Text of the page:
Congress exercises general legal control over the employment of government personnel. Political control may also be exercised, particularly through the Senate's power to advise and consent to nominations. Neither the Senate nor the House of Representatives has any direct constitutional power to nominate or otherwise select executive or judicial personnel (although in the unusual event that the electoral college fails to select a president and vice-president, the two houses, respectively, are expected to do so). Furthermore, Congress does not customarily remove officials. Congress, however, does have the power of impeachment. In such proceedings the impeachment is made by the House of Representatives, and the case is tried before the Senate--a vote of two-thirds of the senators present is required for conviction.
The power to levy and collect taxes and to appropriate funds allows Congress considerable authority in fiscal matters. Although the president has the initial responsibility for determining the proposed level of appropriations, once estimates for the next fiscal year are submitted to Congress, a single budget bill is not enacted, but rather a number of appropriation bills for various departments and agencies are passed during the first six or seven months of a session.
In its nonlegislative capacity, Congress also has the power to initiate amendments to the Constitution, and it must determine whether the states should vote on a proposed amendment by state legislatures or by special state conventions. Finally, Congress has the right to investigate any subject that affects its powers. Congressional investigating committees may call witnesses and require them to produce information. These committees may also be given the power that persons who deliberately block the legislative process may be charged with contempt of Congress and may be issued warrants for their arrests.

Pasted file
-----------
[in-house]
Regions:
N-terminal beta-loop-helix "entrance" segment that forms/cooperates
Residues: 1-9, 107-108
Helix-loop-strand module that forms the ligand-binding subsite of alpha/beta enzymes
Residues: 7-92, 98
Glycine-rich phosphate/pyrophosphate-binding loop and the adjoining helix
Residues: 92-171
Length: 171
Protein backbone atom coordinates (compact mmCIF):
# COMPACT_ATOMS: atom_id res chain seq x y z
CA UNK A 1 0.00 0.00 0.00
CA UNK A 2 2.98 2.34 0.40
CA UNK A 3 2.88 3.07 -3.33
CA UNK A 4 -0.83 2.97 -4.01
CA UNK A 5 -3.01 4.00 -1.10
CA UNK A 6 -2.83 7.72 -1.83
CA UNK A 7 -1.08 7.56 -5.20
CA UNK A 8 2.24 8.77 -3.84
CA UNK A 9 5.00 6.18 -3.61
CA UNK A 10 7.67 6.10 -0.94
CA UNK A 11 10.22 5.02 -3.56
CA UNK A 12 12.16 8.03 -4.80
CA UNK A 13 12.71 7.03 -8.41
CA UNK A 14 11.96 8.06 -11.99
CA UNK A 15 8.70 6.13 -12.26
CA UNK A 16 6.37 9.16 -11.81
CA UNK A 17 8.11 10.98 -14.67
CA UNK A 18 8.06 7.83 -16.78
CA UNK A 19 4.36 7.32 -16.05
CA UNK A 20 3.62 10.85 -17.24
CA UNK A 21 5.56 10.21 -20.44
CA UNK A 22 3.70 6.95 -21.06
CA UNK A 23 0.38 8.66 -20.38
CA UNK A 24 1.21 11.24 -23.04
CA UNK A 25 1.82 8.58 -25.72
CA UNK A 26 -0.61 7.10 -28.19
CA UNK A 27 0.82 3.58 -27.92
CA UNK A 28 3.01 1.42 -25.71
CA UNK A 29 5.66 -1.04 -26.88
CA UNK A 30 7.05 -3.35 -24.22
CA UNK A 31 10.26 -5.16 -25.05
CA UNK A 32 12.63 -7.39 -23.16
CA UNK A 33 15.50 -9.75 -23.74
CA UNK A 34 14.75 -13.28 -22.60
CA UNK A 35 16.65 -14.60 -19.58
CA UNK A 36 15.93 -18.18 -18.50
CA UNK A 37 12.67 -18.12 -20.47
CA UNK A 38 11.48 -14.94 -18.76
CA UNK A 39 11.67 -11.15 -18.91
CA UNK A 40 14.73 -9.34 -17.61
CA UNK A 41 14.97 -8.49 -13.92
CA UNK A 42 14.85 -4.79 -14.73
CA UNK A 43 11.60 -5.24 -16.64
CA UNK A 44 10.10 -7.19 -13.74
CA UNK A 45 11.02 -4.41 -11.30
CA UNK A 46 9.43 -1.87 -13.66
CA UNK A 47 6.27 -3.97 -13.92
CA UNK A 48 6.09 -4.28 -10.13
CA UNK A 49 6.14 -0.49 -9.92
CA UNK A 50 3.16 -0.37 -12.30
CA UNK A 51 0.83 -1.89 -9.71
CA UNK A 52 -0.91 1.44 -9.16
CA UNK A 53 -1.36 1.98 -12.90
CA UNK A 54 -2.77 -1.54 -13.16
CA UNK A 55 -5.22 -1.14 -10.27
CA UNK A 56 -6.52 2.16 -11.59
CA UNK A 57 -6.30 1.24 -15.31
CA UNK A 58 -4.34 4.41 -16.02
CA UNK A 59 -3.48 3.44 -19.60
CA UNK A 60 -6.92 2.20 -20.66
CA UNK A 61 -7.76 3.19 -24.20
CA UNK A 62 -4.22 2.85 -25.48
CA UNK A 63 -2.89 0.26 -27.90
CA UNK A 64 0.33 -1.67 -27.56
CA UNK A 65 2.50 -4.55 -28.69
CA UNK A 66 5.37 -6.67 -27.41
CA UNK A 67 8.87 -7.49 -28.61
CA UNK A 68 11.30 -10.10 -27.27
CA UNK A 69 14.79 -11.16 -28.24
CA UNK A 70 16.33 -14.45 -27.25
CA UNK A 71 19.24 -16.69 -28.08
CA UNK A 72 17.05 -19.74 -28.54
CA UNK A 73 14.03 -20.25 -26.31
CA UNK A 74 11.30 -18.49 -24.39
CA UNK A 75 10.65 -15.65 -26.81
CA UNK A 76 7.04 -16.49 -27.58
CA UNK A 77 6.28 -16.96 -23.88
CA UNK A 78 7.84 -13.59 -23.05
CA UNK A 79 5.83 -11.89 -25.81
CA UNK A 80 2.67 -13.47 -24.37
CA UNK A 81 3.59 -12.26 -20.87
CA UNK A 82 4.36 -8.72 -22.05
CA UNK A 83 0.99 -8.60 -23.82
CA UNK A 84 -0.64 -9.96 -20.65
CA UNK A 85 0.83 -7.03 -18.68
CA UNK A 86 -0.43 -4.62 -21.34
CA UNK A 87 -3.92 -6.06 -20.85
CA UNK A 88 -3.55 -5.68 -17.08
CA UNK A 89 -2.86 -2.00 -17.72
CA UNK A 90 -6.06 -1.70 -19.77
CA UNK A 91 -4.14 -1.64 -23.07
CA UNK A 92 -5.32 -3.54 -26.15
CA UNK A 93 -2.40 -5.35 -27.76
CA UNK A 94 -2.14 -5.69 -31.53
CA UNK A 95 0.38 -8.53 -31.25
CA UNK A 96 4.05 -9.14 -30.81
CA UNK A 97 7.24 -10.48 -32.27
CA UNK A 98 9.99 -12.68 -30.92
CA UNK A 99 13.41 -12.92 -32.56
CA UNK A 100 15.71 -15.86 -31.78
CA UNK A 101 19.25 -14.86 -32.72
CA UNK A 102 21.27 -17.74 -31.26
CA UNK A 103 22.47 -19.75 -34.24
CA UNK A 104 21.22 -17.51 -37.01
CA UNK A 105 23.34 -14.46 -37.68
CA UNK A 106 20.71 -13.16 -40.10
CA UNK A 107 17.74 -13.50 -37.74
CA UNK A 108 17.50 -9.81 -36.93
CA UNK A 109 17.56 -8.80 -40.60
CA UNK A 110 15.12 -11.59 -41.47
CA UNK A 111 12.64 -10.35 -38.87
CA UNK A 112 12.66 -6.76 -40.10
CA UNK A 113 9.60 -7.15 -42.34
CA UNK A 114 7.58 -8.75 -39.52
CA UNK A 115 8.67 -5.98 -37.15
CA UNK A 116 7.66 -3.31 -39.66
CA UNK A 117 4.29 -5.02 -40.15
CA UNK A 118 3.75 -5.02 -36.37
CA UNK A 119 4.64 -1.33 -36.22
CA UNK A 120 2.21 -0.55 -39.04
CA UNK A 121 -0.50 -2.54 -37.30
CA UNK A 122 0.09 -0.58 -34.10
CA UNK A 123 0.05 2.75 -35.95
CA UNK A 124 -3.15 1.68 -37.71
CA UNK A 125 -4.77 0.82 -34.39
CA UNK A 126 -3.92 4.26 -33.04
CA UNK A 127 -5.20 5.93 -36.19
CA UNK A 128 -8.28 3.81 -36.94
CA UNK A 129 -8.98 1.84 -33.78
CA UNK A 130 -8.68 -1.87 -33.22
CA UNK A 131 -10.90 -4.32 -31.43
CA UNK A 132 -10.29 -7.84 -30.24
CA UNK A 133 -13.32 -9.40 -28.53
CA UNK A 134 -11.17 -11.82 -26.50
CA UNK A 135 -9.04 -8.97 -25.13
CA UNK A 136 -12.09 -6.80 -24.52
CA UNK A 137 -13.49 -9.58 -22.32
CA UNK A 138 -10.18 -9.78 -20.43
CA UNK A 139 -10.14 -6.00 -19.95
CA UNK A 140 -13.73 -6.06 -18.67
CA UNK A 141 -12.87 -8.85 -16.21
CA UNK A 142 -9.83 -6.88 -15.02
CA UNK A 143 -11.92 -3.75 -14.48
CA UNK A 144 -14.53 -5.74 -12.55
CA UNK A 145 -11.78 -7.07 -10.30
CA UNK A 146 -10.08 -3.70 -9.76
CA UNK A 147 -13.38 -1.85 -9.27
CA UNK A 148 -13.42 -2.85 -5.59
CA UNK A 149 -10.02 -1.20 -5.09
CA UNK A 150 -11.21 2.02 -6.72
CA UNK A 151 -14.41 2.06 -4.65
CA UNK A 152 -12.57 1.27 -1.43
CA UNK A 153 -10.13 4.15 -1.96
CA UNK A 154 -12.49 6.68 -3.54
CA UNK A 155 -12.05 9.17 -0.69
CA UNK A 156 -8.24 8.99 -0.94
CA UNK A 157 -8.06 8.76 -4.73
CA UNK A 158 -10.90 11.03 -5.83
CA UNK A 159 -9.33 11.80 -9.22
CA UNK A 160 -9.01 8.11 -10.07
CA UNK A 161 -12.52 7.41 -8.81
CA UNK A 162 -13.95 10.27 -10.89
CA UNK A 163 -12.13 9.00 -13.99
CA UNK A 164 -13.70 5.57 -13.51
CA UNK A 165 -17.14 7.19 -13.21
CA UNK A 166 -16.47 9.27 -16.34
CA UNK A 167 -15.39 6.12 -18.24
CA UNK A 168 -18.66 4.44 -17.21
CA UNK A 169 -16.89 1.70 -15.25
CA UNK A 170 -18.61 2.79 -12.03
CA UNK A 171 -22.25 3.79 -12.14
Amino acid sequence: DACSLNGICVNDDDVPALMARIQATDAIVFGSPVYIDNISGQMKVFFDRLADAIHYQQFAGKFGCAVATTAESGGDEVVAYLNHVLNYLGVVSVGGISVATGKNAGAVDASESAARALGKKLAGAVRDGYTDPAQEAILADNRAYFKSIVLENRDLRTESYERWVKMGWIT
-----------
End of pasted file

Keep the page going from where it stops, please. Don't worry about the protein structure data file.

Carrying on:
Powers of Congress
Congress has no general legislative power such as is enjoyed by the British Parliament, and to a lesser degree by the legislatures of the American states; it has only such functions and authority as are expressly conferred on it by the Constitution or are implied in the Constitution. Many of the express powers are defined in Article I, Section 8. Among these are the power “to lay and collect taxes,” “borrow money on the credit of the United States,” “regulate commerce with foreign nations and among the several States,” “coin money,” “establish post offices,” “declare war,” “raise and support armies,” and “make all laws” necessary for the execution of its own powers and “all other powers vested by this Constitution in the government of the United States.” This section also empowers Congress to administer the District of Columbia, which contains the seat of the federal government. Other express powers are conferred on Congress in other articles of the Constitution. Among the implied powers of Congress is the right to establish legislative machinery to give effect to its express powers.